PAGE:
Studying for a computing degree is not just about gaining technical knowledge; it's about embarking on a journey of innovation and limitless possibilities. Imagine working at the forefront of cutting-edge technology, shaping the future of AI, cybersecurity, and data science… it’s a path that appeals to every self-confessed techie.
With strong industry connections, job prospects, and the chance to make a global impact, this degree opens doors to a dynamic and ever-evolving world. But what jobs can you get with a computing degree exactly? Find out more below!
What Can I Do with a Computing Degree?
Getting a degree in computing gives you the opportunity to unleash your creativity, solve real-world problems, and be part of a revolution that's changing the way we live and work. If you crave excitement, challenge, and the chance to leave your mark on the digital age, a computing degree really is your passport to an inspiring and rewarding career.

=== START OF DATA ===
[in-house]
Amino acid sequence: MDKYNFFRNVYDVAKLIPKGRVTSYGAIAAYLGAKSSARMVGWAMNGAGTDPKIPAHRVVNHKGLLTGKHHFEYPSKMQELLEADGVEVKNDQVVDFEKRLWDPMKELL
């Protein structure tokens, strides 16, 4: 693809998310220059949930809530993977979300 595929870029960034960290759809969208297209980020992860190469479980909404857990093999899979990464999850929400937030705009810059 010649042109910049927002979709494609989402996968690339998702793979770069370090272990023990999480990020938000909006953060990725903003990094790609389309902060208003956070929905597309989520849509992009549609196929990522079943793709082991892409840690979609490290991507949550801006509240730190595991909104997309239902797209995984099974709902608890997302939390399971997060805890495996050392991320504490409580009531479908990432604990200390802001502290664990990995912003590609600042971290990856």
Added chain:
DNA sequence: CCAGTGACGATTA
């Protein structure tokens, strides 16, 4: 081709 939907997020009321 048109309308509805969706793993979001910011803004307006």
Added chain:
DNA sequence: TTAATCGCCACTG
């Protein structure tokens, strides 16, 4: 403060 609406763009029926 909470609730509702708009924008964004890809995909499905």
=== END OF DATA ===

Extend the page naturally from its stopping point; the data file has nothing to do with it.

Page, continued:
Software engineering is an excellent avenue to explore after you achieve your computing degree. Software engineers are responsible for designing, developing, and testing the software that powers our world. They work on a wide range of projects, from developing new mobile apps to building complex enterprise systems. As businesses of all sizes increasingly rely on software to operate and innovate, there is a growing outcry for professionals in this space.
Software engineers typically earn a good income - around £68,000 per year on average - and experienced engineers can command even higher salaries. In addition to the financial rewards of this computing career, software engineers often receive generous benefits packages, such as health insurance, paid time off, and stock options.